Smoking is one of the problems that give birth to hundreds of campaigns every year. And, paradoxically enough, it almost looks like the more this problem is being campaigned against, the more people you see on the streets lighting a cigarette. So, what’s wrong? Is the vice so big that nothing seems to scare us more than the though of not being able to light another cigarette? Are there so many problems in the world that lighting a cigarette seems to be the least of our concerns? Are the campaigns not good enough? Why don’t we stop smoking?
Cigarettes are one of the few products that don’t need to be advertised to be bought. Quite the contrary. Although, there are all sorts of campaigns against them, they never get outdated. Scary messages and horrifying pictures on the packs have almost no impact on the smoker. We complain about the price, but still spend more on a pack than on a meal. You would think that forbidding smoking in public places would reduce the number of smokers. But, instead, you see them gathered in front of the restaurant, freezing to death, but still smoking. Nicotine patches, electronic cigarettes…nothing seems to work. Is there no hope to stop smoking, or the right incentive hasn’t come up yet?
Lately, two campaigns caught my attention. And I was particularly impressed that they weren’t grotesque and disgusting. I hate seeing dying people on packs of cigarettes. Or people with malformations. Underdeveloped children, and grey lungs. In my opinion, this is the easiest way to make a campaign. Just add a couple of shocking images, a morbid text, and get a campaign that makes everybody burst into tears. Minus the smokers.
Well, these campaigns are something more than that. One of them got extremely viral, so you probably know it by now. It was created by Ogilvy Asia for the Thai Health Promotion Foundation, and it presents kids asking smokers for a lighter. The plot is smart, it’s got nothing visually disgusting, and it’s got a twist that actually makes the campaign cross your mind at least the first time you prepare to light a cigarette after watching it.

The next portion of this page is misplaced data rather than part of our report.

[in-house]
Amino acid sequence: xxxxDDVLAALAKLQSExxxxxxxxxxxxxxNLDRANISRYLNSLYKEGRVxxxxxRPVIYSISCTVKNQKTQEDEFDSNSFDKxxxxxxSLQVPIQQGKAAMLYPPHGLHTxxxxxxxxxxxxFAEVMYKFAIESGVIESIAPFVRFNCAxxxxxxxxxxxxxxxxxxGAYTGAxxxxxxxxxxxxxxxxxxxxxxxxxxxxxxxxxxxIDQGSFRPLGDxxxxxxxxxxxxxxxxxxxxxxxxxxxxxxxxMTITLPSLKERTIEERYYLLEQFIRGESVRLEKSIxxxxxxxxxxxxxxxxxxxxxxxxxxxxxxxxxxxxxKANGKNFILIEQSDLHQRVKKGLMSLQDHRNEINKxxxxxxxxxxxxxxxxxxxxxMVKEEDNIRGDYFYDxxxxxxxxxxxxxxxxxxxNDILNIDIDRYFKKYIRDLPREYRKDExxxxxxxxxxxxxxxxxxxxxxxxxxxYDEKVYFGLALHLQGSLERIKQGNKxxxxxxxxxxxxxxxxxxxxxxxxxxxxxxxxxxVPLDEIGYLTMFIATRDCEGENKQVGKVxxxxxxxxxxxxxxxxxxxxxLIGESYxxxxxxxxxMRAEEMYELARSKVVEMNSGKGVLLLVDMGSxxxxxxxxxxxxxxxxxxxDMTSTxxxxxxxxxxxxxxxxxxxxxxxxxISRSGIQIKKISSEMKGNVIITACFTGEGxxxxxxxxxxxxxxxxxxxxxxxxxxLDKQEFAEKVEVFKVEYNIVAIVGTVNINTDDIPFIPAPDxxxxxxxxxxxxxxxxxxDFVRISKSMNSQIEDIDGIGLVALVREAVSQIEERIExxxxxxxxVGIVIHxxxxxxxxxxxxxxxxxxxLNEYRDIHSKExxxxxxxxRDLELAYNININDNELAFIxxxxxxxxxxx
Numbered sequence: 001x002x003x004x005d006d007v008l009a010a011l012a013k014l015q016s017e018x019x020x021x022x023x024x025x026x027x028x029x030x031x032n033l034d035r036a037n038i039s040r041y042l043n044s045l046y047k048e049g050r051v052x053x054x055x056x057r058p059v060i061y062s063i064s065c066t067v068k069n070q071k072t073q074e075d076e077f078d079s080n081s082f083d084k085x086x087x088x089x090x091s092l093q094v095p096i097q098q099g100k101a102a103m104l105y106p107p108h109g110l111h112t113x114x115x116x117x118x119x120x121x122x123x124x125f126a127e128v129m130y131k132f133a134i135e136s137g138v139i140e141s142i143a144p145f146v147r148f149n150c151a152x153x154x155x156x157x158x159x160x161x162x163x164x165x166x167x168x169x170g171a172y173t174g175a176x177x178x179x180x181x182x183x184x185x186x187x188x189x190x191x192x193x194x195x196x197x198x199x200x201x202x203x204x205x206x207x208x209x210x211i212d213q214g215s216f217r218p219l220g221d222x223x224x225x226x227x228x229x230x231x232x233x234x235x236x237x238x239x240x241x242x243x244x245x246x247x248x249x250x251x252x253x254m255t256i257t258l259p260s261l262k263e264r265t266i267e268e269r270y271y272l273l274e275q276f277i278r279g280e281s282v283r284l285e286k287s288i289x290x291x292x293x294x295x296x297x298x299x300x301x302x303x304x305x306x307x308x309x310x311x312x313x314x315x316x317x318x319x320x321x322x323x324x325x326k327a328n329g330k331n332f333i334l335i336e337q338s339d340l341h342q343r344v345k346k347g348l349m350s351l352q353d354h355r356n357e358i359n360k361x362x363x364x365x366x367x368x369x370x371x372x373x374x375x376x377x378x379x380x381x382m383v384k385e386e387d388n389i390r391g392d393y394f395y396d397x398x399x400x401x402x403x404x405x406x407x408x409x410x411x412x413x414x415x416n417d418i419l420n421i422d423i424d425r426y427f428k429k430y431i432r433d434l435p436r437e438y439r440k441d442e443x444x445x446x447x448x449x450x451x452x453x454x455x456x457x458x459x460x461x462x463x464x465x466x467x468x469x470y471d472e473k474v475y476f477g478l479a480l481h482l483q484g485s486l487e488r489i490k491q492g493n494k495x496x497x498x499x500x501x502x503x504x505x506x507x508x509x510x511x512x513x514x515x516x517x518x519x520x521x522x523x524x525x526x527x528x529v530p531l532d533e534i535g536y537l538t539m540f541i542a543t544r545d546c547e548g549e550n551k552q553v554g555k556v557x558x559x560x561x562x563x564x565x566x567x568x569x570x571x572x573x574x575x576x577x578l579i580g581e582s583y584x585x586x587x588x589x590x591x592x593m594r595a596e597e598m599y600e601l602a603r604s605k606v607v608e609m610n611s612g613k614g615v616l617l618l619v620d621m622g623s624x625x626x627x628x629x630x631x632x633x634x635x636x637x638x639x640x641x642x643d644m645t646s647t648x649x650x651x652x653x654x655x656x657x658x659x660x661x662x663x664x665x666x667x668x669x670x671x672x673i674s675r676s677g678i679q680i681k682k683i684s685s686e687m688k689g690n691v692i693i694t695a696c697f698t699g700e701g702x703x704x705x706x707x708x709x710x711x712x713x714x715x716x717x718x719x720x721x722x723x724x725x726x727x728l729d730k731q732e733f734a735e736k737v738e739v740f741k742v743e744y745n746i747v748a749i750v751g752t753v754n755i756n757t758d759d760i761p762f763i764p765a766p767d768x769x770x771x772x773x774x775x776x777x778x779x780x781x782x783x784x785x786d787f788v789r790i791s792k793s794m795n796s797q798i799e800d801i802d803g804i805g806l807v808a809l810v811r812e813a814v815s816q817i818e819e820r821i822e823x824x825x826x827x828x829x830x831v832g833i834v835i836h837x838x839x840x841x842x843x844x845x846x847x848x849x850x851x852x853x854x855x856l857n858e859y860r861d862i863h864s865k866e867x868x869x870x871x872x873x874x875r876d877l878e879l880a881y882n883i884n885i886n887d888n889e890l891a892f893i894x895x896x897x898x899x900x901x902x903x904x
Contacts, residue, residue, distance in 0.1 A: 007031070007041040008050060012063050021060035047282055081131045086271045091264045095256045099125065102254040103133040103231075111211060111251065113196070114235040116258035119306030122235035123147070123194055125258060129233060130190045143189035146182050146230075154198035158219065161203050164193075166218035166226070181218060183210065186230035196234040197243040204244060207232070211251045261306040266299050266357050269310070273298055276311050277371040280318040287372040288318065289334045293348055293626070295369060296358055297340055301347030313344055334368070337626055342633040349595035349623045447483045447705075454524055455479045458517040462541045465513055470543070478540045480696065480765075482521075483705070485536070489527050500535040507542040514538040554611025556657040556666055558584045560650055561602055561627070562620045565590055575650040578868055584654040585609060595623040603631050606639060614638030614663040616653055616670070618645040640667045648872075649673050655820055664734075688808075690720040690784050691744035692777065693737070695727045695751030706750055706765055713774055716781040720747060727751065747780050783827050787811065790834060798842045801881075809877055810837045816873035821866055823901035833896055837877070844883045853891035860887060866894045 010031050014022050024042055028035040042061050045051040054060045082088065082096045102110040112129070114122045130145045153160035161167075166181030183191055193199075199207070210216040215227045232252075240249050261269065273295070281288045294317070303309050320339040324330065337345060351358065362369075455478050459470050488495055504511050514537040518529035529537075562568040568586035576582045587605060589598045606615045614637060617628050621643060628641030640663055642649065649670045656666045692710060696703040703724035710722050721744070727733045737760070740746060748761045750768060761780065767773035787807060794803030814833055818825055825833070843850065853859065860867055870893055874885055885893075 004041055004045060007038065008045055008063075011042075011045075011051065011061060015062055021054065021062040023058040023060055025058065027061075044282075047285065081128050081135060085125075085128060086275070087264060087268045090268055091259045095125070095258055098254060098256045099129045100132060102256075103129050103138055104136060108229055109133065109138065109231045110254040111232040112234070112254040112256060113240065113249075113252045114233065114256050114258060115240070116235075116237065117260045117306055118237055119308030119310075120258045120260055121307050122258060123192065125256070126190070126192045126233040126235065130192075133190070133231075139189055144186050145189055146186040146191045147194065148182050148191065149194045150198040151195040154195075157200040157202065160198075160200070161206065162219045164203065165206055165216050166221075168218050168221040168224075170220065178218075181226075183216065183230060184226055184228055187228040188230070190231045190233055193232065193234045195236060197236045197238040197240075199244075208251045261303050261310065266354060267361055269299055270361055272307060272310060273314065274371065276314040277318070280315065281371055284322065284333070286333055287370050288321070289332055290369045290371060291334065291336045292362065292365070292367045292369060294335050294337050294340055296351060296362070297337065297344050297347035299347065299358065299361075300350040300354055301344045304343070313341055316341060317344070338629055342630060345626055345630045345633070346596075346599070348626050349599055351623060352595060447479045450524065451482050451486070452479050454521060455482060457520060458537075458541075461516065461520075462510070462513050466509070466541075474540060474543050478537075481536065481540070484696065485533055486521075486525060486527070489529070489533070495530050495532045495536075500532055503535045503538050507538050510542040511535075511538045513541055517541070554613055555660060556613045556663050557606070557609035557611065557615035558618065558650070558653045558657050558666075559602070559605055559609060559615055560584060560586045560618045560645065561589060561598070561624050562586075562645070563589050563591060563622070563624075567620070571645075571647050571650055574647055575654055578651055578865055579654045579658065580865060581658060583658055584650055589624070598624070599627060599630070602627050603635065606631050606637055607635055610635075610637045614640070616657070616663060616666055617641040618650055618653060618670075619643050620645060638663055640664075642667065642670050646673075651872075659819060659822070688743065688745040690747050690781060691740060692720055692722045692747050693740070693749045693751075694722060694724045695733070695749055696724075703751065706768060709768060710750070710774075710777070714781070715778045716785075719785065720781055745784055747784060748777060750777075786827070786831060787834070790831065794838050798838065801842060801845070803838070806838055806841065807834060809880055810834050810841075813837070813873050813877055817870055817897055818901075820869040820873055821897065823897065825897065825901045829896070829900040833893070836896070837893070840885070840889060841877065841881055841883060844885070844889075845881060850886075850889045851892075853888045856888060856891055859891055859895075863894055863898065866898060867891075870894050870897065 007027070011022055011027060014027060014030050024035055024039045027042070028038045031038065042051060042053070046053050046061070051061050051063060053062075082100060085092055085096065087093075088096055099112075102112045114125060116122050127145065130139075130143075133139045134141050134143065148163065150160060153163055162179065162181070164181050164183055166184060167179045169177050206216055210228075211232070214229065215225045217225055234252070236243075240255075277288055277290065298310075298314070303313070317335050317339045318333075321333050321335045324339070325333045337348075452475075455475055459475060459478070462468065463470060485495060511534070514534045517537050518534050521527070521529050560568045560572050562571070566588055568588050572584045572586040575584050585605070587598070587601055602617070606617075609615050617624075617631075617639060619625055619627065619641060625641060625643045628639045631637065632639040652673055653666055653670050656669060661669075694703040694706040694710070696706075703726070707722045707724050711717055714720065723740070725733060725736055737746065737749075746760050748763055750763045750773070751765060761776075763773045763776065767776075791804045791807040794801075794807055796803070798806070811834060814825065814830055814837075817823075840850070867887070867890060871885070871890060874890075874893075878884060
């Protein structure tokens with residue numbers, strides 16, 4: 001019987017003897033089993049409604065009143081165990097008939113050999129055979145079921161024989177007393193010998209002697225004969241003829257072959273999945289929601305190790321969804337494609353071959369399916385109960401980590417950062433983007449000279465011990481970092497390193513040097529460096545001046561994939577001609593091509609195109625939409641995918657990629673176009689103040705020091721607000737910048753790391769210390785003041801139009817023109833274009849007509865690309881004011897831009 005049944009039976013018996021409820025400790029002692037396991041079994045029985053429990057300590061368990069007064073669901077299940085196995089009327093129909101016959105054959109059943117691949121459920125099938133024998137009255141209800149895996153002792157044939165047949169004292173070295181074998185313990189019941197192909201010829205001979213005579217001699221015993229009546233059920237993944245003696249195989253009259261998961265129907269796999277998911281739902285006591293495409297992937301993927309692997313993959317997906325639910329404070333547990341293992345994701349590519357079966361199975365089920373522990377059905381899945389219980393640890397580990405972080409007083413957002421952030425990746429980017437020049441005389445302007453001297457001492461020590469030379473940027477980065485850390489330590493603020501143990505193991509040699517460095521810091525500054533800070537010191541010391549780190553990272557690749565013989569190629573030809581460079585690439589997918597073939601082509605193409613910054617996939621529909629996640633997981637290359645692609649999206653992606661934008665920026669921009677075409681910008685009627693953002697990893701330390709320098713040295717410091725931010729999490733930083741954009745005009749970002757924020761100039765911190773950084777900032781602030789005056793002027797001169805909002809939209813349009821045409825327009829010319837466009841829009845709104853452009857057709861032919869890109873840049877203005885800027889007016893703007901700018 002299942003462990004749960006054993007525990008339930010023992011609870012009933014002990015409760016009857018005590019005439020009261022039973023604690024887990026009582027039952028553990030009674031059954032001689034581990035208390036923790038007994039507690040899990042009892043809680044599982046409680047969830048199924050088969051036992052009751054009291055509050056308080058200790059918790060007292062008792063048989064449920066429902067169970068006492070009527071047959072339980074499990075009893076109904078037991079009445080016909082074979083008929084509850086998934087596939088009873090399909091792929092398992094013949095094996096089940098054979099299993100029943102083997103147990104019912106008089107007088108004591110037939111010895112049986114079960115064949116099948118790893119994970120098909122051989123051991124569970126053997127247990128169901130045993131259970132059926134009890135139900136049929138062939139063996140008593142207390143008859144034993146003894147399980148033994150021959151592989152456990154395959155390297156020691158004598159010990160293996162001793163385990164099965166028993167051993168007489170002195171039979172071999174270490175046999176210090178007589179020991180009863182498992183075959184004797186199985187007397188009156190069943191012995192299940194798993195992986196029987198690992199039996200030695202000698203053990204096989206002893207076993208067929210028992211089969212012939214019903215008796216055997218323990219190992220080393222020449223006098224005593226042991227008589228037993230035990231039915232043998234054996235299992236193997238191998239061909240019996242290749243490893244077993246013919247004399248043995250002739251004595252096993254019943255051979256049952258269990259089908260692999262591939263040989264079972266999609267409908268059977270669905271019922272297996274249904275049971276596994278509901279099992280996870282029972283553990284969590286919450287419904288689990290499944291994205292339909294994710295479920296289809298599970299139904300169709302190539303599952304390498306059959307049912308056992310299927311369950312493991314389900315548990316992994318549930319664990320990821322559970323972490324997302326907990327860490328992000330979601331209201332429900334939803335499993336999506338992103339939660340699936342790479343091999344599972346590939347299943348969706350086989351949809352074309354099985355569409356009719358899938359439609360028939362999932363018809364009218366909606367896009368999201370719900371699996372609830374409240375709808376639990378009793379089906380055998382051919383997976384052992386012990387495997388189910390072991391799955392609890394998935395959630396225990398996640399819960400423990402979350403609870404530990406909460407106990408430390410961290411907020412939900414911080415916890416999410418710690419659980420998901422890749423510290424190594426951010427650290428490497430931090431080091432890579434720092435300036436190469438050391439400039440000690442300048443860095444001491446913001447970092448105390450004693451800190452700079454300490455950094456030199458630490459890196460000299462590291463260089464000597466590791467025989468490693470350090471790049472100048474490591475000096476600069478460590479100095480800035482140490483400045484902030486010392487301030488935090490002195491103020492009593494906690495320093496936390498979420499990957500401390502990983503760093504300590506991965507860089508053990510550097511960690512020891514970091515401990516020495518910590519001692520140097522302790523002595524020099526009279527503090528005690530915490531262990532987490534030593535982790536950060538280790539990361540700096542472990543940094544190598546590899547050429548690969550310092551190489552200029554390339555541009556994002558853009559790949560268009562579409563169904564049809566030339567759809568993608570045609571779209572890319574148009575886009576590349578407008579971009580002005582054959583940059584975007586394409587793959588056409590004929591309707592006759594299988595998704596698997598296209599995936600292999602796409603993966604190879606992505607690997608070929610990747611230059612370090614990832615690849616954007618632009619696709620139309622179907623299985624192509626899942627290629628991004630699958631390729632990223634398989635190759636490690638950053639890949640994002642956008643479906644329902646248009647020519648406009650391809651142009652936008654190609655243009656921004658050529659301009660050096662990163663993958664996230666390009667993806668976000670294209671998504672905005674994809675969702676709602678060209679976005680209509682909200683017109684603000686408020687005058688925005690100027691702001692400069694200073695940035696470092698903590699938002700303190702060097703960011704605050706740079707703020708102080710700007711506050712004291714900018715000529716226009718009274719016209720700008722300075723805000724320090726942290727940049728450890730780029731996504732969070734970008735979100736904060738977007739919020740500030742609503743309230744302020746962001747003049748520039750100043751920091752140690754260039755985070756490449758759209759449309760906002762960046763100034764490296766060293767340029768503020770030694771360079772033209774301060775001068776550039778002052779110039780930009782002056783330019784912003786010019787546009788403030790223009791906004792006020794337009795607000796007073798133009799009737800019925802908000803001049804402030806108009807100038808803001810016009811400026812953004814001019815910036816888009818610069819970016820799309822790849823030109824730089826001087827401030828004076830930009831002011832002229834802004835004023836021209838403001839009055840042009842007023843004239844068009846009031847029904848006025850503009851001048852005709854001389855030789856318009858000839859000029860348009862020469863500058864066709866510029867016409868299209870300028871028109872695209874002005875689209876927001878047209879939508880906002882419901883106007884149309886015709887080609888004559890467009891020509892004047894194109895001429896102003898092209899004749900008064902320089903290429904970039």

The other campaign I particularly liked is not as viral as the previous one. But the ad is so great that it gave me goosebumps without even seeing it. One of my friends vividly described it to me, and as soon as I got home, I had to see it for myself. The campaign was created by Everest Brand Solutions for the Cancer Patients Aid Association, and no matter how big of a smoker you are, could you light a cigarette in a room that had the ceiling painted like this?
Don’t worry, I’m not getting my hopes up. At this point, you probably won’t stop smoking just because you’ve seen a couple of great campaigns. Nor because the pack of cigarettes you have on the table has cost you a small fortune. Nor because tonight, when you’re going out with your friends, you’ll have to smoke outside. Nor because your voice has gone pretty hoarse the last couple of months.
But wait a minute, if all these things don’t make us stop smoking, what would?